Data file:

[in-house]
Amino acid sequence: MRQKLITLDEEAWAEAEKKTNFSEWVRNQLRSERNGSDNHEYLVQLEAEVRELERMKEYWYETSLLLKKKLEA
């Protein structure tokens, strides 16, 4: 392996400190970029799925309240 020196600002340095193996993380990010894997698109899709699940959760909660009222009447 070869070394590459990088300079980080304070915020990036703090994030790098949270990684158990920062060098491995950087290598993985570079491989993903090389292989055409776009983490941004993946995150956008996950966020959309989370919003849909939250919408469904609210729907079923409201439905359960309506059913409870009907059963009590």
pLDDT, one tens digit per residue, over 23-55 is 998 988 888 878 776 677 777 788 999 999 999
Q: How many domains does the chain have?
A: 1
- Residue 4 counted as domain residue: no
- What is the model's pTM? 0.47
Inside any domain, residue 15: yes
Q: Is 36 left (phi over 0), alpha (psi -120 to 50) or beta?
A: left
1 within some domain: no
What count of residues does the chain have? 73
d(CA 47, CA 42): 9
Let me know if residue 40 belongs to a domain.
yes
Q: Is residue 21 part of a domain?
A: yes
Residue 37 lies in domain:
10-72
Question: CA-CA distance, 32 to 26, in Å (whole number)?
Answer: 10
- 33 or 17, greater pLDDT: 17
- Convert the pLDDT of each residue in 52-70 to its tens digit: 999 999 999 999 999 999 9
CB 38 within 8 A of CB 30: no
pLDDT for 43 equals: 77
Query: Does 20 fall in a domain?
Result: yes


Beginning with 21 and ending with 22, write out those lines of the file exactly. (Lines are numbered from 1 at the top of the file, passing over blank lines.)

Question: CA-CA distance, 32 to 26, in Å (whole number)?
Answer: 10